February 2012 -->

Walden University Writing Center

Where instructors and editors talk writing.

Banishing Bias: A Guide to Reducing Bias in Academic Writing

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By Sarah Prince, Writing Consultant

Possibly because I am short (only 5’4” on a good day), have long brown hair, and sound much like a drunken squirrel when nervous, many people don’t believe that I’ve spent over 30 years on this earth. Frequently, these misperceptions concerning my age cause those around me to take liberties with what they call me. Friends and colleagues alike often don’t flinch when addressing me as girlie, little lady, or honey, terms usually reserved only for children. I can safely say that none of these terms is meant to be malicious. However, this biased language still bothers me because it diminishes my experiences and accomplishments. For instance, a little lady running a marathon or a sweet girlie getting her doctorate is a bit hard to picture, right?

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Who Needs the Manual? APAstyle.org

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By Melanie Brown, Dissertation Editor and Writing Faculty Member

All right: You need the manual. You have to follow APA style in your dissertation or doc study, so you need the manual. Right? Well. What if you knew how to find answers to your questions about APA from a reliable source other than the Publication Manual? Then you don’t need that manual, do you?

So. Where can you go to find answers to your APA style questions besides the Publication Manual? Two places come to mind. One is, of course, here. Students contact us in the Writing Center every day with questions about APA style.

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When Is a Literature Review a Literature Review?

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By Jamie Patterson, Dissertation Editor

The hardest chapter or section to write for any doctoral student is the literature review. In your studies you won’t have written anything quite like it, which makes it difficult to write and difficult to successfully complete. As a dissertation editor I read about four dissertations per week and of those four, usually only one will have a true literature review.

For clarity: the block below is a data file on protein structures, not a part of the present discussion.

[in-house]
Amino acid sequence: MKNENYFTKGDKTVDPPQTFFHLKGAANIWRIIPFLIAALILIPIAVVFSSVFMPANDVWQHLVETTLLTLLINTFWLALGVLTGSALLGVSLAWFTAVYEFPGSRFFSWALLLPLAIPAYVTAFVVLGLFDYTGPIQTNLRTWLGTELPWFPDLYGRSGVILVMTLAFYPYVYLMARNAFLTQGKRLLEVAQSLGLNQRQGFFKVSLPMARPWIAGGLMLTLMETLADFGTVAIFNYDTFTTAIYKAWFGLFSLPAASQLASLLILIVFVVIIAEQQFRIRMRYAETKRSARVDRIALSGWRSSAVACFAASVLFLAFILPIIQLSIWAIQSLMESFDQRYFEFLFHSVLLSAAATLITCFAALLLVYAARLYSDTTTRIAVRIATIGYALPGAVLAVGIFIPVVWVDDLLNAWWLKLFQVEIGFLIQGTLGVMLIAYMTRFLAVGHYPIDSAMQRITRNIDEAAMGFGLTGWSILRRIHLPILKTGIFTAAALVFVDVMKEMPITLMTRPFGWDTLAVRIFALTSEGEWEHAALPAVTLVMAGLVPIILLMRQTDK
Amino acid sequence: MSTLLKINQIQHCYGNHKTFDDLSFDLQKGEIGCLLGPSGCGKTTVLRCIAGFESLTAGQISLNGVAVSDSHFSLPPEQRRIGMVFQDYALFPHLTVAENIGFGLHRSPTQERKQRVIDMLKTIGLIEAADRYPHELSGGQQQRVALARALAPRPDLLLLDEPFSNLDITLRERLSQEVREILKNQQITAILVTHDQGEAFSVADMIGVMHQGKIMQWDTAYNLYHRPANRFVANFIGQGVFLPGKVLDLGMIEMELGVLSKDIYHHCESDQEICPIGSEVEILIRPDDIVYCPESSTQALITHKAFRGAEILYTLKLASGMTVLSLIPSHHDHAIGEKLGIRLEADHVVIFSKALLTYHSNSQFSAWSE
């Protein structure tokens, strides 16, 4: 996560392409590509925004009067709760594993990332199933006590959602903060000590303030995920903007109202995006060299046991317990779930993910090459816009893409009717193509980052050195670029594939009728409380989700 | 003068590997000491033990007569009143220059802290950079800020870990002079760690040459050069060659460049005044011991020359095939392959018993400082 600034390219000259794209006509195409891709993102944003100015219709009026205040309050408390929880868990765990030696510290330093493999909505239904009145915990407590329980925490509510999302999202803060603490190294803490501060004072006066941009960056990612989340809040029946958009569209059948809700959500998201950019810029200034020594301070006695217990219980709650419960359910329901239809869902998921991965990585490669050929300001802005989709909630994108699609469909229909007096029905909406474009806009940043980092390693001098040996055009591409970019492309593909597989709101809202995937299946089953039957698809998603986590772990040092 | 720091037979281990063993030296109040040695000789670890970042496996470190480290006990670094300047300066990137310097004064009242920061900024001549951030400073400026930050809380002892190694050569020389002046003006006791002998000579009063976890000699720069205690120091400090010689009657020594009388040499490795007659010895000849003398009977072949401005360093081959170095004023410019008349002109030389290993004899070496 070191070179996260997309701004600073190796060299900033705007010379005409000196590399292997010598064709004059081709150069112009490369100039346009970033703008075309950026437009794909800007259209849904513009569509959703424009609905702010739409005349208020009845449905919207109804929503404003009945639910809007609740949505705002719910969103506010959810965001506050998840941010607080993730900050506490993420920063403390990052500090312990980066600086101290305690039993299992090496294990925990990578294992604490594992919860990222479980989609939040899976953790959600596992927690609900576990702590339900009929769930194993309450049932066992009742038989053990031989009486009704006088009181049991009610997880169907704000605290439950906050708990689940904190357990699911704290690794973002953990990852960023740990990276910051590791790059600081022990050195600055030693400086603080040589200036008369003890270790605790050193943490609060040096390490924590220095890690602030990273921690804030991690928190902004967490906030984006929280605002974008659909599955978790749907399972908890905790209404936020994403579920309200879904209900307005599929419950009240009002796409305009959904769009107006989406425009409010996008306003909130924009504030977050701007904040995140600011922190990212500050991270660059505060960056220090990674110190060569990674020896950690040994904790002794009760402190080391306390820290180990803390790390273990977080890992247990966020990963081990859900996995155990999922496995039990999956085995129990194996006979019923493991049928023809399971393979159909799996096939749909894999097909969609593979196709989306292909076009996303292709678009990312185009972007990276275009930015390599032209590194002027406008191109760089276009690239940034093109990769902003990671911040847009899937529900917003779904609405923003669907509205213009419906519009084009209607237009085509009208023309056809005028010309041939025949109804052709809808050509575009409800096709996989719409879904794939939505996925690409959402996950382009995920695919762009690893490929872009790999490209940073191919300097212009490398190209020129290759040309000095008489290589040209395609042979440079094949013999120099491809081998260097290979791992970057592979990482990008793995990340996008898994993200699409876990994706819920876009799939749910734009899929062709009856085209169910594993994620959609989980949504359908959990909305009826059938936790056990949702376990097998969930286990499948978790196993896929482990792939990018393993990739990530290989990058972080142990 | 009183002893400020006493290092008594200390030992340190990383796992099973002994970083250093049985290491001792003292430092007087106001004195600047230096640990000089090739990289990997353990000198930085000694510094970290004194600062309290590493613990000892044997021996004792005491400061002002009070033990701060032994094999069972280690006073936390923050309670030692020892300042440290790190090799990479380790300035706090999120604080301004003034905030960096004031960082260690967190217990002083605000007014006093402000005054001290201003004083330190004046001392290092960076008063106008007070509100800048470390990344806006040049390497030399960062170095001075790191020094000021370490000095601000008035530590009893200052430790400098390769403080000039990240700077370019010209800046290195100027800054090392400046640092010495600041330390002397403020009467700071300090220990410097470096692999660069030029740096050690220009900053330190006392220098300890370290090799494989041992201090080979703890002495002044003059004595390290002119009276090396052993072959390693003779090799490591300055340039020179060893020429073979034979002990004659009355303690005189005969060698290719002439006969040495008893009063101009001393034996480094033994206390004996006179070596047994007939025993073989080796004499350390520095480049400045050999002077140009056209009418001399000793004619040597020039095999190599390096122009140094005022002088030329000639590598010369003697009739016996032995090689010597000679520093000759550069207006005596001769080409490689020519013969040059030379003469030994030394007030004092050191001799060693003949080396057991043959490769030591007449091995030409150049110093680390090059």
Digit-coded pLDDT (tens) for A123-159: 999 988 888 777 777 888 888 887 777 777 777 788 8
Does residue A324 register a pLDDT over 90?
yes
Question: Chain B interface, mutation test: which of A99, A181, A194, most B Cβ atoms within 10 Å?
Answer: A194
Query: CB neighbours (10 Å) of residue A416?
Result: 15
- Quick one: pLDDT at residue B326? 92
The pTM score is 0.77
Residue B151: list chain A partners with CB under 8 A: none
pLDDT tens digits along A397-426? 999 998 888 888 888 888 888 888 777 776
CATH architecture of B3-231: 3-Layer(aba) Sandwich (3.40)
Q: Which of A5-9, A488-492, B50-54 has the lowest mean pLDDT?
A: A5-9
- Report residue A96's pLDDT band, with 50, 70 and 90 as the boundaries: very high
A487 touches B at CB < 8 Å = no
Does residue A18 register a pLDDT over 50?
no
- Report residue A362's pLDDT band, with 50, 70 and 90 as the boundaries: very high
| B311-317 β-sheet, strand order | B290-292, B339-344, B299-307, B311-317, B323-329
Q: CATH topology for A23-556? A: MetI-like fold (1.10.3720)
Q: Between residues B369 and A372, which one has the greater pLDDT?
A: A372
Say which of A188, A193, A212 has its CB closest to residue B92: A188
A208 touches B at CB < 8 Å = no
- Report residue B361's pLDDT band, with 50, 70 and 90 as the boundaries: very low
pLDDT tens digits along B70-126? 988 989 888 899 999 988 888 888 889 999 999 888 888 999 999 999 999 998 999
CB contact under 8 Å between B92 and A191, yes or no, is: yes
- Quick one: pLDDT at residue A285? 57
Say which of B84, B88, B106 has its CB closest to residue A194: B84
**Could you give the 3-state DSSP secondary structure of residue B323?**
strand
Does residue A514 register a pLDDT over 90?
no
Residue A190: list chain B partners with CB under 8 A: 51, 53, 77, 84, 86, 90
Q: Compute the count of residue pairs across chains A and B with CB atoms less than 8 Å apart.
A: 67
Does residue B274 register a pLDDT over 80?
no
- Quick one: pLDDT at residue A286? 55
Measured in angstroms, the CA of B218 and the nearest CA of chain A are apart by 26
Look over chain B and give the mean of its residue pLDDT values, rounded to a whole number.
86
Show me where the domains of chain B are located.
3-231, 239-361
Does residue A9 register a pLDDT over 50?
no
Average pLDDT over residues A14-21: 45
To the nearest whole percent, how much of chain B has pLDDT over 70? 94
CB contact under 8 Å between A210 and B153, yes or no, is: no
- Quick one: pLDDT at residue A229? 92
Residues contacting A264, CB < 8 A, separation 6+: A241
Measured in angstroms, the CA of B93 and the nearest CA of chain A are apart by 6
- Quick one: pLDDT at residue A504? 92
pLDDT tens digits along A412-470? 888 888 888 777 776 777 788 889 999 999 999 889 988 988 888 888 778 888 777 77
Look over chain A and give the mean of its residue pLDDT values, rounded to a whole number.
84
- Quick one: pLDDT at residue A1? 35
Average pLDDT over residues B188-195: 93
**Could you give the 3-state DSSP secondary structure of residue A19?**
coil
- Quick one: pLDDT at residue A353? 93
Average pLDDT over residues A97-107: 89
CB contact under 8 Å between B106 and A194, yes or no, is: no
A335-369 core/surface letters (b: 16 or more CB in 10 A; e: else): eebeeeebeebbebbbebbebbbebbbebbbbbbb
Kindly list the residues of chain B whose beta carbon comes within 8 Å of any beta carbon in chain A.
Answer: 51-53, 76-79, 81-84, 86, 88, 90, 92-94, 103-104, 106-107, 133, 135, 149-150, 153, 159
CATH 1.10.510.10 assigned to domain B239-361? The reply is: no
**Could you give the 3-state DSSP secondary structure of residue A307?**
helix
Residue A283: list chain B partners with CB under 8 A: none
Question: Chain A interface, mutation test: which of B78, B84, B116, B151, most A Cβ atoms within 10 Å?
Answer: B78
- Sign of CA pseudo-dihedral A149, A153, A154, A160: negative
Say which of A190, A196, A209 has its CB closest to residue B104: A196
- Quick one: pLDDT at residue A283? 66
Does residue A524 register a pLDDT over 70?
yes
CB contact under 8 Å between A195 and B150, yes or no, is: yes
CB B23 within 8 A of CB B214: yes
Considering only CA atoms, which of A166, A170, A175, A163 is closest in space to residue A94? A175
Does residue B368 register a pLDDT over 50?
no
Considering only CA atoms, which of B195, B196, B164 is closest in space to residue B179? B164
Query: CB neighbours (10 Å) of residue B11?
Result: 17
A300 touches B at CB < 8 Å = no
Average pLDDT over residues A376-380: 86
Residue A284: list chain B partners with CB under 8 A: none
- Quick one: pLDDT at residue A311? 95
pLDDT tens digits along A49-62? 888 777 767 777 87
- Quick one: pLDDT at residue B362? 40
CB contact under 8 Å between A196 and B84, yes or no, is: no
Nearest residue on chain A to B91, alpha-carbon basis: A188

A true literature review is text that synthesizes and analyzes all the available current research from peer-reviewed sources. Seems pretty straightforward, so why is it so hard to write? Let’s talk about all the things that the literature review will or will not include, and you'll start to see the difficulties.

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Get It Done!

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By Writing Center Staff

Stuck in a rut while writing your dissertation or doctoral study? Perhaps you just can't seem to complete a certain chapter, or maybe your chair has told you the content or writing is not quite up to par. Consider registering for a capstone intensive to give you a kick start. Along with faculty members, Writing Center staff attend these intensive retreats to guide candidates through the writing and revising process and answer questions. See the upcoming capstone intensives for DBA, EdD, and PhD here.

If you cannot attend an intensive retreat, create your own custom learning schedule by viewing our webinars, working one on one with an editor, or joining a capstone proposal writing group. Our next dissertation-specific webinar is Chapter 2: The Literature Review on Thursday, February, 23rd. Register here. To schedule an appointment with an editor for a chapter/section review, see our Tutoring page

We are rooting for you as you continue this doctoral journey!

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